nops(sol)

3

(9)

As mentioned by others, these solutions involve large algebraic expressions

map(length, sol)

{42200, 79352, 124604}

(10)

You can transform these into slightly shorter expressions using simplify/size

sol__1 := simplify(sol, size):

map(length, sol__1)

{41094, 64662, 84377}

(12)

Before proceeding further, let's verify this solution

odetest(sol__1, sys__1)

{0}

(13)

Step 3) Now you need to adjust the integration constants to match your ics for C1, C2 and C3

ics__1 := remove(has, [ics], O1)

[C1(0) = 1, C2(0) = 0, C3(0) = 0]

(14)

 are:

Cn := indets(`ics__1 _at_0`, suffixed(_C))

{_C1, _C2, _C3}

(15)

So: evaluate sol__1 at t = 0 and substitute in ics__1 in order to have a system for the Cn

`ics__1 _at_0` := subs(eval(sol__1, t = 0), ics__1):

Check lengths

map(length, `ics__1 _at_0`)

[350, 23917, 43632]

(16)

The symbols in these ics are

indets(`ics__1 _at_0`, symbol)

{_C1, _C2, _C3, a1, a2, a3, b1, b2, b3}

(17)

Solve now for the Cn and simplify the size; check lengths and left-hand sides

sol__Cn := simplify(solve(`ics__1 _at_0`, Cn), size):

map(length, sol__Cn)

{39639, 116164, 142373}

(18)

map(lhs, sol__Cn)

{_C1, _C2, _C3}

(19)

At this point we have solved the problem: sol__1 is the general solution in terms of three arbitrary constants Cn and sol__Cn gives the value of these three arbitrary constants that match your ics__1 for C1, C2 and C3. So evaluate sol__1 at sol__Cn to get the answer you are looking for; check lengths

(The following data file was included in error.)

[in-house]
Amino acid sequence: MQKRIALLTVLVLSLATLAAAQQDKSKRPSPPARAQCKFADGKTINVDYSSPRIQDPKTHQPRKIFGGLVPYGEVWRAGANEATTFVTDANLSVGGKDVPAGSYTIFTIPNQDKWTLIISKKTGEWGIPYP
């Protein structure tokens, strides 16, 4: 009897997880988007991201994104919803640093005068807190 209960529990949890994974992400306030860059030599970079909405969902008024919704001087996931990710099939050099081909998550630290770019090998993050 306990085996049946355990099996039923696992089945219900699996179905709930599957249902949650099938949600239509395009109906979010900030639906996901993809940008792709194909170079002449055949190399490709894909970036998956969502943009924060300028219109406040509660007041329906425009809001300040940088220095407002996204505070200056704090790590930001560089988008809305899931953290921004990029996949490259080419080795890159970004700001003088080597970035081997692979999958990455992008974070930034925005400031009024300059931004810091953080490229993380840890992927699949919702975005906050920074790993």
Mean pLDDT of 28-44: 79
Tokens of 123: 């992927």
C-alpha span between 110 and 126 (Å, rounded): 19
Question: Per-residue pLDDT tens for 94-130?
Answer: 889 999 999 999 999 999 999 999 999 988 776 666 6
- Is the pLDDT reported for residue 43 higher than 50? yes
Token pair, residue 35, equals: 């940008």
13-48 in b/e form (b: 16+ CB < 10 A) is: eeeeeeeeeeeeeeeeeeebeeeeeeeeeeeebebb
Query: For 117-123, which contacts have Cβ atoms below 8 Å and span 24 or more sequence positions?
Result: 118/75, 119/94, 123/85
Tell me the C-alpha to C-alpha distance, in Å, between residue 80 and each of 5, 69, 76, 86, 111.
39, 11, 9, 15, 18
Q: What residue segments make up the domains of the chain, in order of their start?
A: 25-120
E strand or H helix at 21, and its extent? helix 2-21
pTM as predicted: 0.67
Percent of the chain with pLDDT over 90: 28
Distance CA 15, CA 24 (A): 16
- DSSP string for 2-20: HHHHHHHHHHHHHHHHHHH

answer__0 := eval(sol__1, sol__Cn):

map(lhs, answer__0)

{C1(t), C2(t), C3(t)}

(20)

map(length, answer__0)

{339223, 362791, 382506}

(21)

Step 4) To get the answer to O1, substitute these solutions for C1, C2 and C3 in the sol__O1

sol__O1

{O1(t) = -C1(t)-C2(t)-C3(t)+1}

(22)

answer__O1 := subs(answer__0, sol__O1):

length(answer__O1)

1084508

(23)

In addition, the following three would help in compacting the expressions, but they are rather large and simplifying takes time - I am keeping the lines here in comments in case you want to try them

NULL

NULL



Download MaplePrimesODESyste.mw

Edgardo S. Cheb-Terrab
Physics, Maplesoft 

Hi,